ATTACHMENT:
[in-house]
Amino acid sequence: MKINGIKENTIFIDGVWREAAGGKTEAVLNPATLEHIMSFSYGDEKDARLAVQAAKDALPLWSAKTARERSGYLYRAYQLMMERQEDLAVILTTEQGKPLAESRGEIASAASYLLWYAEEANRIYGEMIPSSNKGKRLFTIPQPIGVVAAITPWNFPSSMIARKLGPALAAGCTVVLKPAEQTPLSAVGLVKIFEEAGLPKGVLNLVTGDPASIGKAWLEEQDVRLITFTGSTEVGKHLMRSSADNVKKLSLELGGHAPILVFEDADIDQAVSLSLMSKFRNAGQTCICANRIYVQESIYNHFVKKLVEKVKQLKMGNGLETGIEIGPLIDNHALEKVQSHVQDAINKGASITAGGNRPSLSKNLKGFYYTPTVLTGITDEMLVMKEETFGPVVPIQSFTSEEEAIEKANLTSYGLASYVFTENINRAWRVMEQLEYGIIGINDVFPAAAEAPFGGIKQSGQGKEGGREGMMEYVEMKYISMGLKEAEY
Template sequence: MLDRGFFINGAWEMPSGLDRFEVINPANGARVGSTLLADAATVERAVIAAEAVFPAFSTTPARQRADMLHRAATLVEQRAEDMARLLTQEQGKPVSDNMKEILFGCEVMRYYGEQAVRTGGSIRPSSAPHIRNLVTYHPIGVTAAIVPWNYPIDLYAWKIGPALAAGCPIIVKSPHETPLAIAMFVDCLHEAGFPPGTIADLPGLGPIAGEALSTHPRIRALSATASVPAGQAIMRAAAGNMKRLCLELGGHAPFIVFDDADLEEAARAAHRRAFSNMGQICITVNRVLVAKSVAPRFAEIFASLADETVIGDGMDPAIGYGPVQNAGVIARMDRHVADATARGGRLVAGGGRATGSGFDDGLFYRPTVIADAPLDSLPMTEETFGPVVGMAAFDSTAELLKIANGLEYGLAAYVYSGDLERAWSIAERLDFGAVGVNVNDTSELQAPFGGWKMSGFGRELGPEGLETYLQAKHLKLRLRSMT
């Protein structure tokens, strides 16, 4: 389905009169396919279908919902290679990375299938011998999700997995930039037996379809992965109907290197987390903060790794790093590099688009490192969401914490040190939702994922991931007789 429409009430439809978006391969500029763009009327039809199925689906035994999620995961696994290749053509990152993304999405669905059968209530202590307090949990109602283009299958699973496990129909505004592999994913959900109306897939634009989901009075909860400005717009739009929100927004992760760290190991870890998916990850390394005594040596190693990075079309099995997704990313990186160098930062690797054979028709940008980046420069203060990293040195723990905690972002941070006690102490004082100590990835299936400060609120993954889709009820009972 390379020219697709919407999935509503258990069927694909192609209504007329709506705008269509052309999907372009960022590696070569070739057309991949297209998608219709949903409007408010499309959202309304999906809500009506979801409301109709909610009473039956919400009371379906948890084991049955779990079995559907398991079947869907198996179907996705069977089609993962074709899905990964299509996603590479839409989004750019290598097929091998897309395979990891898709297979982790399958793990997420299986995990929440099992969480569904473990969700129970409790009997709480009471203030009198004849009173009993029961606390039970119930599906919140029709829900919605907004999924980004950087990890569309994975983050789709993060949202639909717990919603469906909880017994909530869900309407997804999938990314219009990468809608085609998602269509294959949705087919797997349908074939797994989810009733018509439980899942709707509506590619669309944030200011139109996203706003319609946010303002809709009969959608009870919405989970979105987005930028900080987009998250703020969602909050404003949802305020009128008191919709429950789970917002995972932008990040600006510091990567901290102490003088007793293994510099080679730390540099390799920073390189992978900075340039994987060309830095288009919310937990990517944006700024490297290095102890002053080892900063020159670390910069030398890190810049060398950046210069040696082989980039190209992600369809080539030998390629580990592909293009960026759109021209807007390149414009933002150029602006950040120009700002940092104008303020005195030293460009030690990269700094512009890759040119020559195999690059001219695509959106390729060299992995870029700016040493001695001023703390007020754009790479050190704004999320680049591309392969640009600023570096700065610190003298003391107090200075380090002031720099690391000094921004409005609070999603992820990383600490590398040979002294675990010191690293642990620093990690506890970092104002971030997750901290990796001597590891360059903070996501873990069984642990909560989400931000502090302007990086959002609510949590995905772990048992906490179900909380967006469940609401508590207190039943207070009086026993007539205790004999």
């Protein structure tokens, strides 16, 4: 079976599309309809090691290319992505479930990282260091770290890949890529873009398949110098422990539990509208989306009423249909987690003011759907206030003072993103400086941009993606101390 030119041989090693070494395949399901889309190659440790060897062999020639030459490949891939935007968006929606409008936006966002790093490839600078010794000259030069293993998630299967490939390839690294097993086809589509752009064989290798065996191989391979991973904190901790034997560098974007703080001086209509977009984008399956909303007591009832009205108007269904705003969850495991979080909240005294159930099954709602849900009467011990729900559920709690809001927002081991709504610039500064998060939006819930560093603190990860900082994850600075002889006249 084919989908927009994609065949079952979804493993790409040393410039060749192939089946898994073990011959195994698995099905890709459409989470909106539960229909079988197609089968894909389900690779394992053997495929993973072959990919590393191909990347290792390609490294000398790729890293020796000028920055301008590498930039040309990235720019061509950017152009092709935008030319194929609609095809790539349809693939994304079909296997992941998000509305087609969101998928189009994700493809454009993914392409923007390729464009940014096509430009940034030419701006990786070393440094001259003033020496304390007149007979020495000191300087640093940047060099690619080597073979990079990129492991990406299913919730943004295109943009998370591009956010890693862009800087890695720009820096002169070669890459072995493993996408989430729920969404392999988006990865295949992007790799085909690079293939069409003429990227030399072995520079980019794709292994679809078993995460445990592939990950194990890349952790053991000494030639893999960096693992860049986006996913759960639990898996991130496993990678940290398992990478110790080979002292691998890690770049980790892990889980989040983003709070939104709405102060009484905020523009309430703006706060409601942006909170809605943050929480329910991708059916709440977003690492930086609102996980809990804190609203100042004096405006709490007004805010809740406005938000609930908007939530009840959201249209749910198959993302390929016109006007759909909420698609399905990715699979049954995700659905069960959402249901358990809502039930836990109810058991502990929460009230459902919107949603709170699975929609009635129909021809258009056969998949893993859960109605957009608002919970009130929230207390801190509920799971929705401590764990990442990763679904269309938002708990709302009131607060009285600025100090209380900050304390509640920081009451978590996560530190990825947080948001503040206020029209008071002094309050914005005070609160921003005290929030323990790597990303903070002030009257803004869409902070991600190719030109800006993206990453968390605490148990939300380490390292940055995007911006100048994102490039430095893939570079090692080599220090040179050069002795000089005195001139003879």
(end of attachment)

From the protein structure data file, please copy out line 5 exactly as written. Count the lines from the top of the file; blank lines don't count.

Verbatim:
């Protein structure tokens, strides 16, 4: 079976599309309809090691290319992505479930990282260091770290890949890529873009398949110098422990539990509208989306009423249909987690003011759907206030003072993103400086941009993606101390 030119041989090693070494395949399901889309190659440790060897062999020639030459490949891939935007968006929606409008936006966002790093490839600078010794000259030069293993998630299967490939390839690294097993086809589509752009064989290798065996191989391979991973904190901790034997560098974007703080001086209509977009984008399956909303007591009832009205108007269904705003969850495991979080909240005294159930099954709602849900009467011990729900559920709690809001927002081991709504610039500064998060939006819930560093603190990860900082994850600075002889006249 084919989908927009994609065949079952979804493993790409040393410039060749192939089946898994073990011959195994698995099905890709459409989470909106539960229909079988197609089968894909389900690779394992053997495929993973072959990919590393191909990347290792390609490294000398790729890293020796000028920055301008590498930039040309990235720019061509950017152009092709935008030319194929609609095809790539349809693939994304079909296997992941998000509305087609969101998928189009994700493809454009993914392409923007390729464009940014096509430009940034030419701006990786070393440094001259003033020496304390007149007979020495000191300087640093940047060099690619080597073979990079990129492991990406299913919730943004295109943009998370591009956010890693862009800087890695720009820096002169070669890459072995493993996408989430729920969404392999988006990865295949992007790799085909690079293939069409003429990227030399072995520079980019794709292994679809078993995460445990592939990950194990890349952790053991000494030639893999960096693992860049986006996913759960639990898996991130496993990678940290398992990478110790080979002292691998890690770049980790892990889980989040983003709070939104709405102060009484905020523009309430703006706060409601942006909170809605943050929480329910991708059916709440977003690492930086609102996980809990804190609203100042004096405006709490007004805010809740406005938000609930908007939530009840959201249209749910198959993302390929016109006007759909909420698609399905990715699979049954995700659905069960959402249901358990809502039930836990109810058991502990929460009230459902919107949603709170699975929609009635129909021809258009056969998949893993859960109605957009608002919970009130929230207390801190509920799971929705401590764990990442990763679904269309938002708990709302009131607060009285600025100090209380900050304390509640920081009451978590996560530190990825947080948001503040206020029209008071002094309050914005005070609160921003005290929030323990790597990303903070002030009257803004869409902070991600190719030109800006993206990453968390605490148990939300380490390292940055995007911006100048994102490039430095893939570079090692080599220090040179050069002795000089005195001139003879």